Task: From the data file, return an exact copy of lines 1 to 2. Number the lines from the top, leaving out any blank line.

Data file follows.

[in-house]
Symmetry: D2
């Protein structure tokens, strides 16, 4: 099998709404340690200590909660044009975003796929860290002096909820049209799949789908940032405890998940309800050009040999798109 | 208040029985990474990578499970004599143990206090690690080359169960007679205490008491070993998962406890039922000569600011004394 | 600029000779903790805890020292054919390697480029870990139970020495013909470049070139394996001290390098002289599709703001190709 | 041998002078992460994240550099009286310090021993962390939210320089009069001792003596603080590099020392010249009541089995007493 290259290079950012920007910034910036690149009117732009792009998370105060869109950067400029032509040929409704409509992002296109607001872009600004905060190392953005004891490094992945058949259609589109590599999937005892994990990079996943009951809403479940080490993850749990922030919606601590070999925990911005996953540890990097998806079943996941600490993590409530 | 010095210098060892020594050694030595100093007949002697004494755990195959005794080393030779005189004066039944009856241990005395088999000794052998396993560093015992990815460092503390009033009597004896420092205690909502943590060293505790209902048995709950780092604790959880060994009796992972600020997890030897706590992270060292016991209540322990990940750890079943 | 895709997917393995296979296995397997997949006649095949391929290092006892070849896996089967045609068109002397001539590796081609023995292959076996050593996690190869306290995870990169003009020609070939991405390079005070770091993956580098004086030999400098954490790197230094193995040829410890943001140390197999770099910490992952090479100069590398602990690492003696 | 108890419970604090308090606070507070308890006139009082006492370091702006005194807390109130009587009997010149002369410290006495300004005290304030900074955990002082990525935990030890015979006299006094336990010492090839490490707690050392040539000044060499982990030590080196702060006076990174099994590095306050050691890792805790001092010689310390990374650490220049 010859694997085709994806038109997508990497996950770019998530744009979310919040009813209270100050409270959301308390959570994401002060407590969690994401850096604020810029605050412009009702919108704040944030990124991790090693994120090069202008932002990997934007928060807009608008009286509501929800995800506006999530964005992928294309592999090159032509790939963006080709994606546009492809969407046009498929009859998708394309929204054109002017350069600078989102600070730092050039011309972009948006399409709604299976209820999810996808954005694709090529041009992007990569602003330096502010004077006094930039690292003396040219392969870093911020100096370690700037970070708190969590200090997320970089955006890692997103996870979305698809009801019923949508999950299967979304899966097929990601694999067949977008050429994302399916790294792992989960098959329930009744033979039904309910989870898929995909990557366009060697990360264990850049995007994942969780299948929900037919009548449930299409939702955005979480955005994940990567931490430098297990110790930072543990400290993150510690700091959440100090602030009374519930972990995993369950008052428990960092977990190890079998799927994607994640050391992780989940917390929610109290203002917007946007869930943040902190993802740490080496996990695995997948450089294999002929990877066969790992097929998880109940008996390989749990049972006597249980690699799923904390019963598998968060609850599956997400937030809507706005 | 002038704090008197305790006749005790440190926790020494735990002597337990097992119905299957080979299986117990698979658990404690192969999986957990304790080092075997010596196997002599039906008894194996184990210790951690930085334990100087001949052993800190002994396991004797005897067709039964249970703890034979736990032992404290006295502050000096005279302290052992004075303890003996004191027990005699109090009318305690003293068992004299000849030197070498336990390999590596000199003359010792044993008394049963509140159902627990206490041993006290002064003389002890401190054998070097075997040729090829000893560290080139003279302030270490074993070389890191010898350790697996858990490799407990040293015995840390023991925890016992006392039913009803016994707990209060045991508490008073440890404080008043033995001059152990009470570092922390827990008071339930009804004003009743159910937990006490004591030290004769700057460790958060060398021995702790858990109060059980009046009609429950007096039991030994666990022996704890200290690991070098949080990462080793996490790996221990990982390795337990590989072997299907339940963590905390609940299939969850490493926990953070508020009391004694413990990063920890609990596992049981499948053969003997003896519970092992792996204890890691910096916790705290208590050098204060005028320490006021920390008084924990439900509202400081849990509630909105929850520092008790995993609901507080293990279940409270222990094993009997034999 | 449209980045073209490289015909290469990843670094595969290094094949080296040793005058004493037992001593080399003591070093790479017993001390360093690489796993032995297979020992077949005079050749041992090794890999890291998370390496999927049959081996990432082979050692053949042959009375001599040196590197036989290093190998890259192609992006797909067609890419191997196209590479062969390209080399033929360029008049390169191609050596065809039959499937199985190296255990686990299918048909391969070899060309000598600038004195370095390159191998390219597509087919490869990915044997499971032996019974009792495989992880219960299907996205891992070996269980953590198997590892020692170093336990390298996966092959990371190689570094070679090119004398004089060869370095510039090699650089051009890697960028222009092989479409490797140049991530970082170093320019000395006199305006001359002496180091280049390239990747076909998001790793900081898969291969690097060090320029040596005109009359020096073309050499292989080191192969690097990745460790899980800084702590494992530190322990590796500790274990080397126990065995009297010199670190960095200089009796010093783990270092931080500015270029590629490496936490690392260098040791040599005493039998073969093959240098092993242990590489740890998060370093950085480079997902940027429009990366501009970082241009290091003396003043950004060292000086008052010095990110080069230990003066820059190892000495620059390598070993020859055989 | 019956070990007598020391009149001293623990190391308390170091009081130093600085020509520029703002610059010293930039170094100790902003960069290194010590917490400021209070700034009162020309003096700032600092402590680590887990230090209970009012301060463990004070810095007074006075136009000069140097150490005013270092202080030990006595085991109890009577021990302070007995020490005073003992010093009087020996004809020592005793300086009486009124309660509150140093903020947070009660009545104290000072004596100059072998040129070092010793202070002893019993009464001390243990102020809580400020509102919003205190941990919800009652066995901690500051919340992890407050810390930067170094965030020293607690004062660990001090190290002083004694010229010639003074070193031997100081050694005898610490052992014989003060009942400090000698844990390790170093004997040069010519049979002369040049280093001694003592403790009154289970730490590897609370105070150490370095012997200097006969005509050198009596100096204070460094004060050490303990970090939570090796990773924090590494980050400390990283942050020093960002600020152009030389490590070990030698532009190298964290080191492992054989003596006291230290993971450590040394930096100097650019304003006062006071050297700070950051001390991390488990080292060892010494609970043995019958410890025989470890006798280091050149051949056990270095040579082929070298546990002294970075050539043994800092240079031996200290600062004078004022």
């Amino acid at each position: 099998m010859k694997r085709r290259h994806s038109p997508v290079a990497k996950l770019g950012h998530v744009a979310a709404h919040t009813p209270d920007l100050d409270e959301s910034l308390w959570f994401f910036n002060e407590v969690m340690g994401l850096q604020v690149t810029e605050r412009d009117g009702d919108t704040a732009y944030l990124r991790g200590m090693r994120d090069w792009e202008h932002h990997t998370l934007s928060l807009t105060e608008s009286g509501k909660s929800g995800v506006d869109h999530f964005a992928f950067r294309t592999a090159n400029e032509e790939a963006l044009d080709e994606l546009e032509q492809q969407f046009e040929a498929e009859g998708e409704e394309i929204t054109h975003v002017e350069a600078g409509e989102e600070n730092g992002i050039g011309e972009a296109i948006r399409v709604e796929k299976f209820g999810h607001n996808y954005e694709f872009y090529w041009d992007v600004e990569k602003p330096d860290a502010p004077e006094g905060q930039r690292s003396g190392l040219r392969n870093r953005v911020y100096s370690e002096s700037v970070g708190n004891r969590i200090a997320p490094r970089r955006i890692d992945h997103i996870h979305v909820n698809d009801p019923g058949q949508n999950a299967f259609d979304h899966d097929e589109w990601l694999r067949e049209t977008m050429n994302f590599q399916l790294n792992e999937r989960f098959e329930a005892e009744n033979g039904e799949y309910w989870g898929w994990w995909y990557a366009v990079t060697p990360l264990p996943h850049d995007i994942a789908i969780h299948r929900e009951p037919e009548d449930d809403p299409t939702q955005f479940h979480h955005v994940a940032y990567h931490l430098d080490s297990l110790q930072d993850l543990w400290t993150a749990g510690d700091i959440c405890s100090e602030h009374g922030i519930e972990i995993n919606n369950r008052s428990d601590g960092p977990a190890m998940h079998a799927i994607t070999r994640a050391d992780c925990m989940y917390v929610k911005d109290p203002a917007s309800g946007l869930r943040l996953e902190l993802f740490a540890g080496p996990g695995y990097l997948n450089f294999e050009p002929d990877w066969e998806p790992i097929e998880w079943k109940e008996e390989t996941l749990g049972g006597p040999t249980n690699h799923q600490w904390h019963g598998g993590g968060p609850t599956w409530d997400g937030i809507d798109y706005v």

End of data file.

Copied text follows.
[in-house]
Symmetry: D2